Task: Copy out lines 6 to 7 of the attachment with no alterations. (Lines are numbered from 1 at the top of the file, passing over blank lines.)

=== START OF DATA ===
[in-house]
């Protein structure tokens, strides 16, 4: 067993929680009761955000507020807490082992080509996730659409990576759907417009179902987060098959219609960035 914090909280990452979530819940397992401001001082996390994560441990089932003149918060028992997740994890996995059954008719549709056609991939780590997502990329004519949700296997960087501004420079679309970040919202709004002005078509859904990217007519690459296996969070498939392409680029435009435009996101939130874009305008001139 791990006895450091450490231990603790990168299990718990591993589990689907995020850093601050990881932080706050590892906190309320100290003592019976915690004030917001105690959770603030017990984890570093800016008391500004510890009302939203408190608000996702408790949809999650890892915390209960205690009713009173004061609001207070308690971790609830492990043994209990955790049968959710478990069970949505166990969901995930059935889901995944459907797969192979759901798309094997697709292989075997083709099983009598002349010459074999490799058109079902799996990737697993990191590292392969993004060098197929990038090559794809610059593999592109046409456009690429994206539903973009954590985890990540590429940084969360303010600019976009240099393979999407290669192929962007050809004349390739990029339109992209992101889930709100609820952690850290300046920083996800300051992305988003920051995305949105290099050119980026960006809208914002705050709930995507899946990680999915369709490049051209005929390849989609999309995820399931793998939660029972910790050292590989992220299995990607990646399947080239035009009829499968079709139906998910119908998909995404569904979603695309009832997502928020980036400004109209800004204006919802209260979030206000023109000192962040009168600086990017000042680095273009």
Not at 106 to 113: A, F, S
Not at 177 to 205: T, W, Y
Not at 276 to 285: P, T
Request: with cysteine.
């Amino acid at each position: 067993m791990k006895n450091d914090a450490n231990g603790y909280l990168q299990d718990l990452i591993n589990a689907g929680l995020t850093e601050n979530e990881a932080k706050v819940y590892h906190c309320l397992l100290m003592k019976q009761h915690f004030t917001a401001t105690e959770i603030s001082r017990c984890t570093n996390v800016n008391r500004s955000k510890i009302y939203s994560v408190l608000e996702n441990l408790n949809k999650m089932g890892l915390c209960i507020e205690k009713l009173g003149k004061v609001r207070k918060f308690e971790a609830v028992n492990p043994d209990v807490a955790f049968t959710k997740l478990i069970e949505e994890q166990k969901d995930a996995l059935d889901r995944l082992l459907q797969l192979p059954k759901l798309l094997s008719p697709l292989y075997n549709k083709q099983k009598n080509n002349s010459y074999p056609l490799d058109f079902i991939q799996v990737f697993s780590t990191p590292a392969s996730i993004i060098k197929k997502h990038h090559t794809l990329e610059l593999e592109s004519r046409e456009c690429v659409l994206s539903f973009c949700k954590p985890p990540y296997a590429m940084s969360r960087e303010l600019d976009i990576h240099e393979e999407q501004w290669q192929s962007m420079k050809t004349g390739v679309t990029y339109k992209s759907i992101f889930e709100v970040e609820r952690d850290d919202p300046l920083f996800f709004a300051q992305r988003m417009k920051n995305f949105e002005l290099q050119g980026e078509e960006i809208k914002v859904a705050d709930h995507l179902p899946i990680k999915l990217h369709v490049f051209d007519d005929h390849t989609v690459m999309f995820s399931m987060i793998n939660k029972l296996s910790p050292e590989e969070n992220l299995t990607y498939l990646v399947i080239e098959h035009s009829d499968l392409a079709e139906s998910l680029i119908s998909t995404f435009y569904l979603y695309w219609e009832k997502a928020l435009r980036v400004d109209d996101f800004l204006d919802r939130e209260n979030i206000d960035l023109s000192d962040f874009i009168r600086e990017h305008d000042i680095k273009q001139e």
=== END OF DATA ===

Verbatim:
Request: with cysteine.
């Amino acid at each position: 067993m791990k006895n450091d914090a450490n231990g603790y909280l990168q299990d718990l990452i591993n589990a689907g929680l995020t850093e601050n979530e990881a932080k706050v819940y590892h906190c309320l397992l100290m003592k019976q009761h915690f004030t917001a401001t105690e959770i603030s001082r017990c984890t570093n996390v800016n008391r500004s955000k510890i009302y939203s994560v408190l608000e996702n441990l408790n949809k999650m089932g890892l915390c209960i507020e205690k009713l009173g003149k004061v609001r207070k918060f308690e971790a609830v028992n492990p043994d209990v807490a955790f049968t959710k997740l478990i069970e949505e994890q166990k969901d995930a996995l059935d889901r995944l082992l459907q797969l192979p059954k759901l798309l094997s008719p697709l292989y075997n549709k083709q099983k009598n080509n002349s010459y074999p056609l490799d058109f079902i991939q799996v990737f697993s780590t990191p590292a392969s996730i993004i060098k197929k997502h990038h090559t794809l990329e610059l593999e592109s004519r046409e456009c690429v659409l994206s539903f973009c949700k954590p985890p990540y296997a590429m940084s969360r960087e303010l600019d976009i990576h240099e393979e999407q501004w290669q192929s962007m420079k050809t004349g390739v679309t990029y339109k992209s759907i992101f889930e709100v970040e609820r952690d850290d919202p300046l920083f996800f709004a300051q992305r988003m417009k920051n995305f949105e002005l290099q050119g980026e078509e960006i809208k914002v859904a705050d709930h995507l179902p899946i990680k999915l990217h369709v490049f051209d007519d005929h390849t989609v690459m999309f995820s399931m987060i793998n939660k029972l296996s910790p050292e590989e969070n992220l299995t990607y498939l990646v399947i080239e098959h035009s009829d499968l392409a079709e139906s998910l680029i119908s998909t995404f435009y569904l979603y695309w219609e009832k997502a928020l435009r980036v400004d109209d996101f800004l204006d919802r939130e209260n979030i206000d960035l023109s000192d962040f874009i009168r600086e990017h305008d000042i680095k273009q001139e």